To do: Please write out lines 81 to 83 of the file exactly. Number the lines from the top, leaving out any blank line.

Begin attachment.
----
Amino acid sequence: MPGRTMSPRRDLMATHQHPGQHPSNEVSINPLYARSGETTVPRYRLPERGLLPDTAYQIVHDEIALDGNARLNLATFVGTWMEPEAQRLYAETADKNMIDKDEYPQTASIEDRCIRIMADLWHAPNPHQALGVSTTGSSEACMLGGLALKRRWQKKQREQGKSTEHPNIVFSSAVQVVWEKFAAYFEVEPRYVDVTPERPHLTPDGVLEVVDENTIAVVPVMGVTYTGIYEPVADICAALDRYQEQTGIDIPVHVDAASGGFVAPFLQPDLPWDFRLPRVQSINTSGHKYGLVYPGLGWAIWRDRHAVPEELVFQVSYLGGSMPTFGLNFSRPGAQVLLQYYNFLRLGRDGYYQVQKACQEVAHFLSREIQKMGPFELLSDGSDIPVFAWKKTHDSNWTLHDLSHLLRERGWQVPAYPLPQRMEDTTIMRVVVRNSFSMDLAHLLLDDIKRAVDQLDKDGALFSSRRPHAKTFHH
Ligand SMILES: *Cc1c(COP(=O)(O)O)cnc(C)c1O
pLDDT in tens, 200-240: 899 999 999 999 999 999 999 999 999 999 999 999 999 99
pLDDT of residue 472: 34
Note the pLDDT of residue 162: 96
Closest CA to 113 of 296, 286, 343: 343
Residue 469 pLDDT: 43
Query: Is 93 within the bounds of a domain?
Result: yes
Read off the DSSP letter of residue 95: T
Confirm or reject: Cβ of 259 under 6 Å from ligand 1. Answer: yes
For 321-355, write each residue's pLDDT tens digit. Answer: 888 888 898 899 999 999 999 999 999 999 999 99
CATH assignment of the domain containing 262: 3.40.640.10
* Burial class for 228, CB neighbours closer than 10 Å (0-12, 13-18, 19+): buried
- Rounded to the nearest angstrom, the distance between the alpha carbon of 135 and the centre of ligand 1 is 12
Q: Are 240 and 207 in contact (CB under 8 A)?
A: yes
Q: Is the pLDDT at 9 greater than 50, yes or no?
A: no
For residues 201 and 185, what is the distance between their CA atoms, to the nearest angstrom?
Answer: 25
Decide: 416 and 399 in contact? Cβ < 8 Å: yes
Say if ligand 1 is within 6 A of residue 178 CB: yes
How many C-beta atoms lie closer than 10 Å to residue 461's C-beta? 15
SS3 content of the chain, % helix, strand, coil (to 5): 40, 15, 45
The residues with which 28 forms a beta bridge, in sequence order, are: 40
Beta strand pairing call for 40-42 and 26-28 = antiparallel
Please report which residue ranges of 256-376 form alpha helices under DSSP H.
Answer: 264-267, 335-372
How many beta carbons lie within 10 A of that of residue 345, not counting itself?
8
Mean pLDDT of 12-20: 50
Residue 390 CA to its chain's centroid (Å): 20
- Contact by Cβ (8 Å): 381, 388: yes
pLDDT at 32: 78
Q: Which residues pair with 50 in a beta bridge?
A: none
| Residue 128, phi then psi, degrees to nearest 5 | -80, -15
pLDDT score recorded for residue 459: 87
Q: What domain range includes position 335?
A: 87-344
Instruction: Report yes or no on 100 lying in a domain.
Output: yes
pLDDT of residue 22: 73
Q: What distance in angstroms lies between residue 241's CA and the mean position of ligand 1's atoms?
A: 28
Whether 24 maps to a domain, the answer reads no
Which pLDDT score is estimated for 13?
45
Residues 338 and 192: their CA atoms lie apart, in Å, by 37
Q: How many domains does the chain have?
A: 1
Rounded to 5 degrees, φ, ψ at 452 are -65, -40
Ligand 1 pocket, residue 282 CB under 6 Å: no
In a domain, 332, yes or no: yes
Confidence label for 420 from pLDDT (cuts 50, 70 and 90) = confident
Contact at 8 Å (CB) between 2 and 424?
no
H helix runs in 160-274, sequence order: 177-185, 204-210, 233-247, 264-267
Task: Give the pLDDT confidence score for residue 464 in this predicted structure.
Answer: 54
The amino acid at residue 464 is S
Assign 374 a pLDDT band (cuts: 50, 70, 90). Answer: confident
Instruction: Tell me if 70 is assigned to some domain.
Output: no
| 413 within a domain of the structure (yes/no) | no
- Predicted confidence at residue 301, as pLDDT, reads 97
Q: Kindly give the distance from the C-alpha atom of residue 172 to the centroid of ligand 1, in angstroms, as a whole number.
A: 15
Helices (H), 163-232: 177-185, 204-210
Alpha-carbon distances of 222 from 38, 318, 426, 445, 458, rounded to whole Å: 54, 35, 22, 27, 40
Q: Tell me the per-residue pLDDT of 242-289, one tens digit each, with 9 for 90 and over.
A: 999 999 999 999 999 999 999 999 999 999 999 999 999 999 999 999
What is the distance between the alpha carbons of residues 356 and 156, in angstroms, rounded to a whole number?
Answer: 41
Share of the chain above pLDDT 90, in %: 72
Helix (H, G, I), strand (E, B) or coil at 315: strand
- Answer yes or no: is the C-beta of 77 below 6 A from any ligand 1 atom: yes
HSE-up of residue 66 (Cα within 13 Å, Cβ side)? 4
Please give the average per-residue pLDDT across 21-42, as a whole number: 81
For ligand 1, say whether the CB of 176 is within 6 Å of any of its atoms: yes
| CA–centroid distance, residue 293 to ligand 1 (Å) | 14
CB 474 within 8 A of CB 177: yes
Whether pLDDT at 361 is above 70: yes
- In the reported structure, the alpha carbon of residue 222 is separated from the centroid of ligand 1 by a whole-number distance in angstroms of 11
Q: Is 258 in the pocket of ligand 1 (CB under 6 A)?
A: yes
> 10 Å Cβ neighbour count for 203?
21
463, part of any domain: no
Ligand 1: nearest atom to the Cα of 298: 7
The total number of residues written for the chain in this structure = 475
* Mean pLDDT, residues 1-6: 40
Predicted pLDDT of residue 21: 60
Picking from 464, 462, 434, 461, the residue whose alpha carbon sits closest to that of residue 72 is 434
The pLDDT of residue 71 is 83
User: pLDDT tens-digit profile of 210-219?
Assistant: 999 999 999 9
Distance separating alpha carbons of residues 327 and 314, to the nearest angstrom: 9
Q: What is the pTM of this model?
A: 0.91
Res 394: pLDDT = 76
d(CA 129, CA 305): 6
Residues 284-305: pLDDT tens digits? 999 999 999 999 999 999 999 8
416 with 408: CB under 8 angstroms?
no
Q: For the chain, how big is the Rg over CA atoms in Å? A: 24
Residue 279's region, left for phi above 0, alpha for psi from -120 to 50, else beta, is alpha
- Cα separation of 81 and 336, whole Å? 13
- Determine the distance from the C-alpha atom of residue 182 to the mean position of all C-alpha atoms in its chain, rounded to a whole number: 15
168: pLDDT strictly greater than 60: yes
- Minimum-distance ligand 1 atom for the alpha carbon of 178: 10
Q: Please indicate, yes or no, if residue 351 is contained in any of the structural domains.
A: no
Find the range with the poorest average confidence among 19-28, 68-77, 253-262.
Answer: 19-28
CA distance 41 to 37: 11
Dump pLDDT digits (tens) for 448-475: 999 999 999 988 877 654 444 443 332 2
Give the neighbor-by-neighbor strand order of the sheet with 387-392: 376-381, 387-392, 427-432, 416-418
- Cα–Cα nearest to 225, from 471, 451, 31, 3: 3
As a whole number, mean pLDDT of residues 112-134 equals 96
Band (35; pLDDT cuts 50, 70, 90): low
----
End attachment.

For ligand 1, say whether the CB of 176 is within 6 Å of any of its atoms: yes
| CA–centroid distance, residue 293 to ligand 1 (Å) | 14
CB 474 within 8 A of CB 177: yes